In fact, one major frustration I have with the game is the amount of enemies that spawn and are on the screen during most levels. You typically have to deal with a group of enemies located on one side of the screen. The natural response is to camp out on one side of the screen and snipe enemies from afar. The only problem with that is once you destroy some enemies, more will spawn in from both sides of the screen.
Typically the enemies rush in from off-screen, so I almost always took damage from spawning enemies. After that happens I would try to fly away, but that just led me to getting hit by other things. Just seems kind of hectic. Guess that’s really my fault more than anything. To help with this, most later levels have companion NPCs that assist in the fights.
There are also RPG elements to the game where the main character’s mecha can level up. I’ve never noticed my stats changing due to it; however, your stats can be altered by researching new components. Leveling up just serves as a throttle to unlock new components. It honestly makes more sense than the mechas ability increasing via leveling up like a traditional RPG.
The last 2 levels are Mighty No. 9 levels of frustration. The game introduces new gameplay mechanics that instantly kill you, such as a screen scrolling mechanic similar to old NES platformers. If you lag behind, you die. Simple as that.
The game designers added mazes with locked doors to the mix which adds to the fun. I should mention that when you die in this game, you start from the beginning of that particular section. This can be aggravating when stages are filled with waves of enemies coming after you. The worst is when you’re fighting a two, or more, phase boss battle and you die. If you die during a later part of the fight, you go back to the beginning of the fight.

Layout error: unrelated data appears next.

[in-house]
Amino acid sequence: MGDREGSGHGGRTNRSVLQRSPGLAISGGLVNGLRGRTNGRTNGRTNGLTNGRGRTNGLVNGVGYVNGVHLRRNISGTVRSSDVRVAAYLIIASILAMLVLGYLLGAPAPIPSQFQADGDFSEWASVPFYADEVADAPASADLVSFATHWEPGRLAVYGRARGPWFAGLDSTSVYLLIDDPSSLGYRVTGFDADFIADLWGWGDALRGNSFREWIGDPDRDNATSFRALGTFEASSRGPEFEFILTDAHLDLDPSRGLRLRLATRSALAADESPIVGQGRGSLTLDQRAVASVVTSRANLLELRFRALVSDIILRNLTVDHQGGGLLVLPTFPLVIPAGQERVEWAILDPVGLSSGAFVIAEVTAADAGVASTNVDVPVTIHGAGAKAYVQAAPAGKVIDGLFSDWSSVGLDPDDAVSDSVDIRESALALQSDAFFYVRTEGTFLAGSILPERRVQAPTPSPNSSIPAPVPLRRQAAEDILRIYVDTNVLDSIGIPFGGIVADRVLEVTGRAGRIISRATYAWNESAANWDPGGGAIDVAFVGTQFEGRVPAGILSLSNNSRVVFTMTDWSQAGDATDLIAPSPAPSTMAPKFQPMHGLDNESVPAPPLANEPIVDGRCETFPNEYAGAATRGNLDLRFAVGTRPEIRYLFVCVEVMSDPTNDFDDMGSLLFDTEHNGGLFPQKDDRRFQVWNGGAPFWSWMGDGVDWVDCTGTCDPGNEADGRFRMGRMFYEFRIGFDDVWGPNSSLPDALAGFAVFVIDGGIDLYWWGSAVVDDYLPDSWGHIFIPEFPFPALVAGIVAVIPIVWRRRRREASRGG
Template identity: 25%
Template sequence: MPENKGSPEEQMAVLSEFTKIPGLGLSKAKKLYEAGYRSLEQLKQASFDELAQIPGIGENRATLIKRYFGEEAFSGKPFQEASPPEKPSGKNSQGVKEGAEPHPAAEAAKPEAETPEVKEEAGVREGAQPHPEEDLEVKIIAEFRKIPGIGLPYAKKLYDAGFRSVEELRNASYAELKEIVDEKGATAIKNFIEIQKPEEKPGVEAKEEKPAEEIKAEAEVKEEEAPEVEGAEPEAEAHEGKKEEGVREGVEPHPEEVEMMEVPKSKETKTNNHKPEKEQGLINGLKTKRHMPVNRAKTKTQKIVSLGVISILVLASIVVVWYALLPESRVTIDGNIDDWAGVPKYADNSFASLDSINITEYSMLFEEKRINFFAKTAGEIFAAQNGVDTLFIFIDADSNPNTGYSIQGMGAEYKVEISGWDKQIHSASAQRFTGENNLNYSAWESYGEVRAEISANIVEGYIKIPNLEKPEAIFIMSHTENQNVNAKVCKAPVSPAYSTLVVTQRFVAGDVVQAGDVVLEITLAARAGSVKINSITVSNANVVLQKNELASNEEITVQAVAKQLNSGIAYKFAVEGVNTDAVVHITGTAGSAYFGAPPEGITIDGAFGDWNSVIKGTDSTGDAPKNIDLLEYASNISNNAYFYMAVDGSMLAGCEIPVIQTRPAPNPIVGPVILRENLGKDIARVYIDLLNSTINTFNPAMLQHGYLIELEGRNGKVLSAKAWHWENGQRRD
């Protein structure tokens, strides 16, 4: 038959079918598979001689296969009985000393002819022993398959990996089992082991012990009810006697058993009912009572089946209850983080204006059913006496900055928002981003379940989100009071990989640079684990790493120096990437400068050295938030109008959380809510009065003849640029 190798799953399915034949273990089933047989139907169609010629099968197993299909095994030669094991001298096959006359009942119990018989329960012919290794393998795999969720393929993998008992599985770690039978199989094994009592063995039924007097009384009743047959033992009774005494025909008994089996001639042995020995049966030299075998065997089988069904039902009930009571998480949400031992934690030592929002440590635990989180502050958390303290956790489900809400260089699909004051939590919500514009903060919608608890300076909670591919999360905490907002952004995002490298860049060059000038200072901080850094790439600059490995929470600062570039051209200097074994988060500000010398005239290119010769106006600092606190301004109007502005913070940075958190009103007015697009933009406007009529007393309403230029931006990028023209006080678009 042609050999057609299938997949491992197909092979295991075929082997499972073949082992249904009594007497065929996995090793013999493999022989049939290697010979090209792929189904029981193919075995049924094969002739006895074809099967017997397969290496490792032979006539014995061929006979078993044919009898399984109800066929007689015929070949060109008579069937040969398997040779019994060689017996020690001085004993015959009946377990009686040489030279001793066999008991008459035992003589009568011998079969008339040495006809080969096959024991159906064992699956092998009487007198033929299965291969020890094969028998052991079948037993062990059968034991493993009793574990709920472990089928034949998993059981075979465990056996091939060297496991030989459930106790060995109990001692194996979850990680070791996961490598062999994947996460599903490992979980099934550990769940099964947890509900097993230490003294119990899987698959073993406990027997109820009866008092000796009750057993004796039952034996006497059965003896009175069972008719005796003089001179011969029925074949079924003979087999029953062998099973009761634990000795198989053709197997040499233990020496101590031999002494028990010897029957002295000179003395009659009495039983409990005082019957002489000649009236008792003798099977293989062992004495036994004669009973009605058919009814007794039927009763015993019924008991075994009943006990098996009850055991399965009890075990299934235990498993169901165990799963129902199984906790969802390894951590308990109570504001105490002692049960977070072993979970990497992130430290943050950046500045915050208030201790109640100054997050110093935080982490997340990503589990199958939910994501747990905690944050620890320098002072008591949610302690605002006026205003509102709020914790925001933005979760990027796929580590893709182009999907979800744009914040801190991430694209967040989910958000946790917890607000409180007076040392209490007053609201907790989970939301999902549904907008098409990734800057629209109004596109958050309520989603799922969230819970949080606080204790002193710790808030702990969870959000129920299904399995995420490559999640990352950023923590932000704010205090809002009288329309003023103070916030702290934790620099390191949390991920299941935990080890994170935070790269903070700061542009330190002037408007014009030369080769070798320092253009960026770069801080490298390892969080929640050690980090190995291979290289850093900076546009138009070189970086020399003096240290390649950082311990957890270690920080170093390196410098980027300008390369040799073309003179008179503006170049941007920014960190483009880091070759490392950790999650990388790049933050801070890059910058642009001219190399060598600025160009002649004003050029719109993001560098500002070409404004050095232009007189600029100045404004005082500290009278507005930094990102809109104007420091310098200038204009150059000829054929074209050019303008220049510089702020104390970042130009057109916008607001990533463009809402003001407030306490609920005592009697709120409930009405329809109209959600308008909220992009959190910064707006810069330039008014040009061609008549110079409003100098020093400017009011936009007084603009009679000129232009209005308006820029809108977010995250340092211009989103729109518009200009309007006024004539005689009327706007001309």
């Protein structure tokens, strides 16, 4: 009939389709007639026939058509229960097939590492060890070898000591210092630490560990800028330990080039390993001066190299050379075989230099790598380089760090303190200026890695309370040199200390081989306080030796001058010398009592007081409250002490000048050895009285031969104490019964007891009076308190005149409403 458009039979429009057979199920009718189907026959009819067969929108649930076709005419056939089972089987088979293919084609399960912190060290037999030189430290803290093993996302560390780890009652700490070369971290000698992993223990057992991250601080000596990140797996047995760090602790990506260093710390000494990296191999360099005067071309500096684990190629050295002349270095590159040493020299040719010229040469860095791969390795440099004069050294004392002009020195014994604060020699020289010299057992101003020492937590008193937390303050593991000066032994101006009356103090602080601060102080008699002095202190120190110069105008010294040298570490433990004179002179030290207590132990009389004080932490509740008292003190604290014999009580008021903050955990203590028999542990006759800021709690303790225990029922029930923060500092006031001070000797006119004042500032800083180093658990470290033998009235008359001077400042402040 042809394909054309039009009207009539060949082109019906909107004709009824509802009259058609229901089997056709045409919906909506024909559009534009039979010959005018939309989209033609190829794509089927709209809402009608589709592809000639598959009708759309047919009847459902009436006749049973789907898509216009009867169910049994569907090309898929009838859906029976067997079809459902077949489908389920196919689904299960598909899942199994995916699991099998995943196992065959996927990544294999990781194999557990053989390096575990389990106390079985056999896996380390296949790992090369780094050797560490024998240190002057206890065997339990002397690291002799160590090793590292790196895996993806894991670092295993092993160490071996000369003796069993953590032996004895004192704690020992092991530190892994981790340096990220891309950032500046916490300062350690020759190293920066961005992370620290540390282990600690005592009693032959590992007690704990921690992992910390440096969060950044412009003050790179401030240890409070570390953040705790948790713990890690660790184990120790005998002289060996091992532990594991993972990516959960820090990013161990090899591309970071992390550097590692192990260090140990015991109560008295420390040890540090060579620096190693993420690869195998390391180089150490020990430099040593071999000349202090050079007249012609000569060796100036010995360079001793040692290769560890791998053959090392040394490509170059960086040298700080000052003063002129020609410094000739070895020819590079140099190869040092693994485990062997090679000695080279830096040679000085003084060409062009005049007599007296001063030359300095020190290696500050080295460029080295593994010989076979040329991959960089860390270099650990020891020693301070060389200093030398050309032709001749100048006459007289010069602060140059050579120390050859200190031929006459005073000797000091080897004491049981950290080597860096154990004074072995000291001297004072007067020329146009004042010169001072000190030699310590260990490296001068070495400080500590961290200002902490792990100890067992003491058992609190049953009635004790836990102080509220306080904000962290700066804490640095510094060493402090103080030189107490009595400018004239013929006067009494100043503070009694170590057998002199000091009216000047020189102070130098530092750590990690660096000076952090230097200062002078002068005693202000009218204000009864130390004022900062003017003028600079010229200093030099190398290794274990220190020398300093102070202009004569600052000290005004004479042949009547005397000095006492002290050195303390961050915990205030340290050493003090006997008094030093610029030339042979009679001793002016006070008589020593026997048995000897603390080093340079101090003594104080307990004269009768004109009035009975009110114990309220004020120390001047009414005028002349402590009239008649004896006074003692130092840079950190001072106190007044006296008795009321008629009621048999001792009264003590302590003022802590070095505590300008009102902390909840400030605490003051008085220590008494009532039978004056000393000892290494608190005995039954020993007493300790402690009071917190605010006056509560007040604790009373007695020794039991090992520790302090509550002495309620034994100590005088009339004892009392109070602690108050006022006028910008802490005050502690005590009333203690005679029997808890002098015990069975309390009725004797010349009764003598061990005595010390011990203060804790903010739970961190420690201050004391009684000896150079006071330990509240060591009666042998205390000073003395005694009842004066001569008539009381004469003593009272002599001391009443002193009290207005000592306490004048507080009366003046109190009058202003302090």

This is especially frustrating since the final boss is a multiple-phase battle and as he has plenty of attacks that can instantly wipe you out if you aren’t careful.
There are 3 different gameplay modes that you can try out: Campaign, Multiplayer, and Simulation.
Campaign contains the main story of the game (no shock there), Multiplayer allows players to battle it out with their favorite mechas against another player in a free-for-all, and Simulation acts as a survival mode. Simulation allows players to choose from 40 different mechas that were seen throughout the game. You have to defend yourself against multiple waves of enemies and bosses.
As I mentioned before, the controls are satisfying and I only found myself getting frustrated with them when too many enemies were on the screen. Guess I got a bit flustered.
The music and artwork are top notch and it almost looks like I’m watching an anime. There is currently no English audio/dialogue, but all of the text has been translated.
The game was nominated for several awards when it came out and even won best indie game and best platformer from Tokyo Game Show. It certainly does deserve the praise it gets.
My only gripes with the game is that some of the stages feel like they go on for a bit too long and later stages get a little unfair with the instant death traps. The story held my attention for the most part, but I felt like I lost interest in the gameplay mechanics after the first few levels. Enemies got tougher and I felt like my mecha wasn’t keeping up. Plus the long levels got tedious given most of the stages within each level were very similar. In fact, most stages in every level, not including the 2D space shooter, were very similar to one another. I found myself dashing through the stages as fast as possible to get to the end.
Still, it’s a fun game and I recommend checking it out. It’s available on Steam and PS4.
I give this game 3.5 giant robots with buzzsaws out of 5.